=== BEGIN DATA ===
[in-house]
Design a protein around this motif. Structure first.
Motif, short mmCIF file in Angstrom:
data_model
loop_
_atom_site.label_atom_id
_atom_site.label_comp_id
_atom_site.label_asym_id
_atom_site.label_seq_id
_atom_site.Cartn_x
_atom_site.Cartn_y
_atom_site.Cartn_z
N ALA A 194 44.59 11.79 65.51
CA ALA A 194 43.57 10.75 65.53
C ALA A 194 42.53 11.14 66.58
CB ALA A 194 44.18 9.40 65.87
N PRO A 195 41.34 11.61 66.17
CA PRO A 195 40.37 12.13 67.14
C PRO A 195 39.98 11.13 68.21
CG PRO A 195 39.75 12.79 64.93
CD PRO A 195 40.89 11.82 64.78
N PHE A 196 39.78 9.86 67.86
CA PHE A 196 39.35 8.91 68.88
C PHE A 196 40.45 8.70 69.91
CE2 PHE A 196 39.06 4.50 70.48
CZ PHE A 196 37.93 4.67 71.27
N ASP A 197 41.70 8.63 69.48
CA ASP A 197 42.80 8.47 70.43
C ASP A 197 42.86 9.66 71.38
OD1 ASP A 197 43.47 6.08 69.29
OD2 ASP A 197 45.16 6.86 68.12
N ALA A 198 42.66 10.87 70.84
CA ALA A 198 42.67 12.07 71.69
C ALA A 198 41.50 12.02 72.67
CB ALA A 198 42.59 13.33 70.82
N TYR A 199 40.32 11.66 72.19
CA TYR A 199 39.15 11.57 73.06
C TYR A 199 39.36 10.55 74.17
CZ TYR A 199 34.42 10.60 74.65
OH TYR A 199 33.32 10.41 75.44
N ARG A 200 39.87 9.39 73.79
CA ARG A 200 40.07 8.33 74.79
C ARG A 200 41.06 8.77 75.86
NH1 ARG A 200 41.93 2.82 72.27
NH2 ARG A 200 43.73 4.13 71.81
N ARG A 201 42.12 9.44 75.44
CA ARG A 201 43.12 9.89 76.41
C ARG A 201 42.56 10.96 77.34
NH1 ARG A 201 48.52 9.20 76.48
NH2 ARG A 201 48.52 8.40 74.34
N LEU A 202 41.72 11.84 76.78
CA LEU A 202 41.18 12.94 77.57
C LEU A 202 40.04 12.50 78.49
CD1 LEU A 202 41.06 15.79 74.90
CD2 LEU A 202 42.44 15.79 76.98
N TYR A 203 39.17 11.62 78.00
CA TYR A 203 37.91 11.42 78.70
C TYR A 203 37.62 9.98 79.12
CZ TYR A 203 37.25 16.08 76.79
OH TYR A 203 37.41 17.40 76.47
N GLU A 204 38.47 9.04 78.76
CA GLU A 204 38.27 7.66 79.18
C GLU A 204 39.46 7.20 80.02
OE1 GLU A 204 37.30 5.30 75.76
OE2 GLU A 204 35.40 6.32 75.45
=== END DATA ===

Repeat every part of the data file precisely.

[in-house]
Design a protein around this motif. Structure first.
Motif, short mmCIF file in Angstrom:
data_model
loop_
_atom_site.label_atom_id
_atom_site.label_comp_id
_atom_site.label_asym_id
_atom_site.label_seq_id
_atom_site.Cartn_x
_atom_site.Cartn_y
_atom_site.Cartn_z
N ALA A 194 44.59 11.79 65.51
CA ALA A 194 43.57 10.75 65.53
C ALA A 194 42.53 11.14 66.58
CB ALA A 194 44.18 9.40 65.87
N PRO A 195 41.34 11.61 66.17
CA PRO A 195 40.37 12.13 67.14
C PRO A 195 39.98 11.13 68.21
CG PRO A 195 39.75 12.79 64.93
CD PRO A 195 40.89 11.82 64.78
N PHE A 196 39.78 9.86 67.86
CA PHE A 196 39.35 8.91 68.88
C PHE A 196 40.45 8.70 69.91
CE2 PHE A 196 39.06 4.50 70.48
CZ PHE A 196 37.93 4.67 71.27
N ASP A 197 41.70 8.63 69.48
CA ASP A 197 42.80 8.47 70.43
C ASP A 197 42.86 9.66 71.38
OD1 ASP A 197 43.47 6.08 69.29
OD2 ASP A 197 45.16 6.86 68.12
N ALA A 198 42.66 10.87 70.84
CA ALA A 198 42.67 12.07 71.69
C ALA A 198 41.50 12.02 72.67
CB ALA A 198 42.59 13.33 70.82
N TYR A 199 40.32 11.66 72.19
CA TYR A 199 39.15 11.57 73.06
C TYR A 199 39.36 10.55 74.17
CZ TYR A 199 34.42 10.60 74.65
OH TYR A 199 33.32 10.41 75.44
N ARG A 200 39.87 9.39 73.79
CA ARG A 200 40.07 8.33 74.79
C ARG A 200 41.06 8.77 75.86
NH1 ARG A 200 41.93 2.82 72.27
NH2 ARG A 200 43.73 4.13 71.81
N ARG A 201 42.12 9.44 75.44
CA ARG A 201 43.12 9.89 76.41
C ARG A 201 42.56 10.96 77.34
NH1 ARG A 201 48.52 9.20 76.48
NH2 ARG A 201 48.52 8.40 74.34
N LEU A 202 41.72 11.84 76.78
CA LEU A 202 41.18 12.94 77.57
C LEU A 202 40.04 12.50 78.49
CD1 LEU A 202 41.06 15.79 74.90
CD2 LEU A 202 42.44 15.79 76.98
N TYR A 203 39.17 11.62 78.00
CA TYR A 203 37.91 11.42 78.70
C TYR A 203 37.62 9.98 79.12
CZ TYR A 203 37.25 16.08 76.79
OH TYR A 203 37.41 17.40 76.47
N GLU A 204 38.47 9.04 78.76
CA GLU A 204 38.27 7.66 79.18
C GLU A 204 39.46 7.20 80.02
OE1 GLU A 204 37.30 5.30 75.76
OE2 GLU A 204 35.40 6.32 75.45